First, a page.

When Helen Jiang went to the doctor in the summer of 2014, she was told she could no longer have children. “You should have a different life plan now,” the doctor said. After the visit, she and her flatmate, Jane Lee, went to a hole-in-the-wall restaurant, ordered baozi, and cried.
“I was crying the whole afternoon in a baozi restaurant. And then she [Lee] was crying with me.” Jiang had known she had scleroderma, a life-threatening autoimmune disorder, but hadn’t felt much about it until she heard the doctor’s words. Looking back, Jiang thinks she had been in denial. “I think most of the time I live quite numb of my own feelings … I don’t realize what’s really going on in my heart,” she says.
Last month, we met with Lee and Jiang at their Chaoyang apartment. Despite her cheery demeanor (she giggles often), Jiang has an air of resolve. A former international investment manager, she is “stubborn as a mule,” as Lee puts it. Jiang and Lee met in 2013. The two later became flatmates and grew extremely close. “I think we’re like sisters. It’s really beyond the point of friendship,” Lee explains. “We’ve been through a lot together.” Occasionally, their relationship seems a bit like that of an old married couple. “We try to fight for our rights in the house,” Jiang laughs.
In 2014 Jiang started to get sick. First, she was diagnosed with scleroderma. Although it was life-threatening, Jiang says it came on slowly, lessening the emotional impact. “Like boiling the frog,” she says. But soon, Jiang was diagnosed with a second autoimmune disorder, myositis, which causes muscle cells body-wide to become inflamed and break down. After her diagnosis, Jiang quickly began to lose her strength. Muscle exertion of any kind became taxing. Even sitting for long periods was strenuous. “It’s exhaustion to the point it’s really painful,” she explains. Jiang stopped leaving the house, and eventually couldn’t leave her bed.
Doctors told her to take steroids, but Jiang refused. She had encountered people who had taken them and told her horror stories: A relative had developed heart trouble, a woman Jiang happened to meet on a train told her steroids caused her severe leg pain. Jiang decided that steroids were something to avoid. Yet, without them, she seemed out of options. Lying on her bed, Jiang started to worry that she would be bedridden for life. “If this is really going to happen to me, I probably have no future anymore,” she thought.
Desperate, Lee began searching the internet for solutions. She finally came upon the Paleo AIP (Autoimmune Protocol) diet, an extreme form of paleo designed for autoimmune disease sufferers. It prohibits all grains, processed foods, nuts, dairy, as well as certain vegetables. With few options available, Jiang decided to give it a try. And in a gesture of solidarity, Lee went on it too.
After a month on the diet, Jiang noticed that she had more energy. “Every day I realized there’s something I can do that I could not do in the past,” she says. At first, “I could start to sit.” After a few months, “I started to realize I could go outside. I could go for a walk.” She began walking to the store daily, and noticed the trip getting easier and easier. “I felt light,” she says. Because nothing else in Jiang’s environment had changed, the two felt sure that the diet was responsible for her recovery.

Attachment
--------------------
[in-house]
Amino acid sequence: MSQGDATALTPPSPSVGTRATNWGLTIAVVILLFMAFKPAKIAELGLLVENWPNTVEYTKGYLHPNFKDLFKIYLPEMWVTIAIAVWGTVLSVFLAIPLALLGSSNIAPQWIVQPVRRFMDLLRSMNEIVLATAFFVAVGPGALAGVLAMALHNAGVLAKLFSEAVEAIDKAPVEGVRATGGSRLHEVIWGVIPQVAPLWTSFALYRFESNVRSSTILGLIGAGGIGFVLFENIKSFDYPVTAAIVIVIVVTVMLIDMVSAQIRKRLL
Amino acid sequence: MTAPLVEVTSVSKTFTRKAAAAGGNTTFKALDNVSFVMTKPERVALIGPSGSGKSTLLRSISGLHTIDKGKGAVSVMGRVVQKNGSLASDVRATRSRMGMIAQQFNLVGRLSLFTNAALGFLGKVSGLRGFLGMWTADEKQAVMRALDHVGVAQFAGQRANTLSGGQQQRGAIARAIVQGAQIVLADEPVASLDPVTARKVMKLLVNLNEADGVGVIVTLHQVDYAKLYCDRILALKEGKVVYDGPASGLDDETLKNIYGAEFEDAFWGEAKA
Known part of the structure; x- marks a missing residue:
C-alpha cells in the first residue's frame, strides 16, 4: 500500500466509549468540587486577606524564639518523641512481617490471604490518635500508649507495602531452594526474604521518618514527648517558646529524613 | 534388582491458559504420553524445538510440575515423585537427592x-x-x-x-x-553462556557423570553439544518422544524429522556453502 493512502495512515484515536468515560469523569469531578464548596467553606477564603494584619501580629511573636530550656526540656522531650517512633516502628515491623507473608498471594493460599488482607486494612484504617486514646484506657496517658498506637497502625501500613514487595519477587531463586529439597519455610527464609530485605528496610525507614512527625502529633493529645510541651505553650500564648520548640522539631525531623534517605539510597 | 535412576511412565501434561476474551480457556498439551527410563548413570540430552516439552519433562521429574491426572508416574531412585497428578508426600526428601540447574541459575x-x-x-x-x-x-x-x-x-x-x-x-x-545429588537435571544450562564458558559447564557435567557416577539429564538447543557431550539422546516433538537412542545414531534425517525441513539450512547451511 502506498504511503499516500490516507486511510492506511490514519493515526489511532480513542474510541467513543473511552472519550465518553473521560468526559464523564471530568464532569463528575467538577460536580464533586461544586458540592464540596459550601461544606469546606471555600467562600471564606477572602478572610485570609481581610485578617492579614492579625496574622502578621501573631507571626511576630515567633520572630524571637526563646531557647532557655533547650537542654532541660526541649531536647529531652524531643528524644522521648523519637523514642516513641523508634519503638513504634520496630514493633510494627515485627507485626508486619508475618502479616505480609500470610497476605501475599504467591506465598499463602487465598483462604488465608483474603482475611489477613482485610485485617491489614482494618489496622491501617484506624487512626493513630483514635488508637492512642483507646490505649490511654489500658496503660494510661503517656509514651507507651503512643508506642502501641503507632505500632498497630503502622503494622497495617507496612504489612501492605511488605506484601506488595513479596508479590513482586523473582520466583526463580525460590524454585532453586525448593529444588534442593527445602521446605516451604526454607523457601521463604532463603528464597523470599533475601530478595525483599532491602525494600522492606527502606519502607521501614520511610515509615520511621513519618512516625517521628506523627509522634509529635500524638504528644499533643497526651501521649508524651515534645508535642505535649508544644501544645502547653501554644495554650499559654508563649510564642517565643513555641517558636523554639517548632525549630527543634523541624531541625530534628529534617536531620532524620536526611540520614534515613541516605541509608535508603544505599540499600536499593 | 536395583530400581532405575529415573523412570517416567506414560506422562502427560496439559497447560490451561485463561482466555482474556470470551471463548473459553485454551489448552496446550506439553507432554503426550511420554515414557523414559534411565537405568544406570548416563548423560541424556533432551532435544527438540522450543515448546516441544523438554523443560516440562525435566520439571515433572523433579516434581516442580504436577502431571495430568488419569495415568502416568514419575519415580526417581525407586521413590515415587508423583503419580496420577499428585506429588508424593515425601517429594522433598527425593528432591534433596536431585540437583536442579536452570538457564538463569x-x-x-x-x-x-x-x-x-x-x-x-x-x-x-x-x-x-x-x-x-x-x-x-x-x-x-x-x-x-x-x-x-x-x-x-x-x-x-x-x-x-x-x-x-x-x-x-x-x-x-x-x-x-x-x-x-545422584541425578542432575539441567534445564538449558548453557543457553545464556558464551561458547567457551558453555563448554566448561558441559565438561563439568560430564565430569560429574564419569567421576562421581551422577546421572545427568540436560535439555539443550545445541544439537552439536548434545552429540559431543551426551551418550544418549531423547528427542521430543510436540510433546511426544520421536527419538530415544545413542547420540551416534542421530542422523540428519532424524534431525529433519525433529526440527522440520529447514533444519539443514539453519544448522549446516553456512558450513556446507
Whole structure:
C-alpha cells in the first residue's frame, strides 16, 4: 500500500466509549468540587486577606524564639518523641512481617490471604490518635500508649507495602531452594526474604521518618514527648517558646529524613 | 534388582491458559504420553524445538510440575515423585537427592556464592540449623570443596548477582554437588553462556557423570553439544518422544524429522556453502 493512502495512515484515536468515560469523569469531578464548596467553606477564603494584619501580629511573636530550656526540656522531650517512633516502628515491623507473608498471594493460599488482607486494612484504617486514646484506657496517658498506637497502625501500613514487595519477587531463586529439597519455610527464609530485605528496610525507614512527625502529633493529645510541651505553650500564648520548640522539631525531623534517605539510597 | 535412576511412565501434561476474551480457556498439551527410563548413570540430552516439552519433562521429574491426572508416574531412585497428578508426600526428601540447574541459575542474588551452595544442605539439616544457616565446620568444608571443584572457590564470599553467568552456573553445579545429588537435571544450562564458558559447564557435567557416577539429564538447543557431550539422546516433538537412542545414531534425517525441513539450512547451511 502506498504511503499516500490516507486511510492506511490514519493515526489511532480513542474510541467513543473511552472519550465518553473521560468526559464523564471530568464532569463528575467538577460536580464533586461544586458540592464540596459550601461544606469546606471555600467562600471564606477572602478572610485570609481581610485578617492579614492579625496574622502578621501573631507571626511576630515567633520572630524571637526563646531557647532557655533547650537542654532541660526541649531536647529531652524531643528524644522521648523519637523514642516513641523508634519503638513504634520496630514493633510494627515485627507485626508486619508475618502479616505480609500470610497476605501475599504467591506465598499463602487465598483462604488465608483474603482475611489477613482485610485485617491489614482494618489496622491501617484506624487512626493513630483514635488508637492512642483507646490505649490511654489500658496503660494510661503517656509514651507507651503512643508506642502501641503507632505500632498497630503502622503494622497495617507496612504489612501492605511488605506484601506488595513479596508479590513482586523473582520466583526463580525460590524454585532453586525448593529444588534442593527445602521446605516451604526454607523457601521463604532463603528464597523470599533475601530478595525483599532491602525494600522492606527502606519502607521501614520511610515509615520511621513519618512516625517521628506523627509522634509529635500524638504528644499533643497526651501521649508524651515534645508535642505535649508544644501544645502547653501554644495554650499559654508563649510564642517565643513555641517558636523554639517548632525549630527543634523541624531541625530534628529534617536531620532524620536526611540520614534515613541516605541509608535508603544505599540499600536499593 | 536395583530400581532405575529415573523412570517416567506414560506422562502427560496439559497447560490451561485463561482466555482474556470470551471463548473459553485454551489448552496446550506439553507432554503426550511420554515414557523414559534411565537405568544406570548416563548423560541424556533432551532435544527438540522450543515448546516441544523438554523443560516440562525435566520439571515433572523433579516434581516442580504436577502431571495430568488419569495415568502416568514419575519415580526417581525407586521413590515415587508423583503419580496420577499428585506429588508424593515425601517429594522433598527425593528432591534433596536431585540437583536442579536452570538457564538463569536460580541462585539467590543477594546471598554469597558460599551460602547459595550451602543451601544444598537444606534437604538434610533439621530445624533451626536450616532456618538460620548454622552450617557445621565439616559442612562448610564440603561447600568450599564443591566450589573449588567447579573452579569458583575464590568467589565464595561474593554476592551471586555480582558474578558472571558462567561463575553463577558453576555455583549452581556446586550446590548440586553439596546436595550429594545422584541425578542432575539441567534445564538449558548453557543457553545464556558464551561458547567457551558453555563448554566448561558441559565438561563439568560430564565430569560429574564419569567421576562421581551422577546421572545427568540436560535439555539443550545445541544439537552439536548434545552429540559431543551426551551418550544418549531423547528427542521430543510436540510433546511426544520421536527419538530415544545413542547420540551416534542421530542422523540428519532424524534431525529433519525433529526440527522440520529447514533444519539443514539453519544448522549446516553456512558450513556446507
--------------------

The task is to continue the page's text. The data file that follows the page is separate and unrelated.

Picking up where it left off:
The experience prompted Lee to think more about diet and nutrition, and she started reading up on the latest scientific research. According to Lee, most people suffer from minor irritations like acne, headaches, fatigue, and brain fog. “But people just feel like it’s normal,” she says, while in fact, “all these things have to do with nutrition.” Lee wants to increase awareness about how different foods affect health in these subtle, but significant ways. “It’s important to know why something is good for you or bad for you,” she says. For Lee, nutrient density is key. “You want your calorie-to-nutrient ratio to be as low as possible,” she says. According to Lee, this means limiting grains and increasing proteins and nutrient-rich vegetables.
After starting Jiang’s diet, Lee began experimenting with creating nutrient-dense foods that are also full of flavor. An avid chef, Lee loves reading multiple recipes and adapting them until she can create the perfect dish. To develop the various flavors of their Krispy Kale, she and Jiang started by sampling various kale chips from the U.S. and China. They then tried and tweaked more than 60 recipes, eating and throwing out numerous batches until they were finally satisfied. Early last year, Lee and Jiang began to market their products to the public through their business: Manna Source.
Their business is still in its early stages, but the two hope to go beyond providing snacks and even physical nourishment. “It’s not just the body. It’s the body, mind, and heart,” Lee says. While their food products can help support a healthy body, they also want to provide for the mind by educating people on better ways to eat. They have started writing articles about health and nutrition, and hope to publish more. In terms of the heart, their vision is to create a community of people who can provide each other with information, personal tips, and support in their quest for better health. They’d like to eventually open a restaurant where people can enjoy hearty, healthy meals and learn about what’s on their plate.
As for her illness, Jiang says she is thankful to have gone through the experience. She now has a more meaningful path to pursue with her best friend. “Out of this sickness came so many good things,” she says.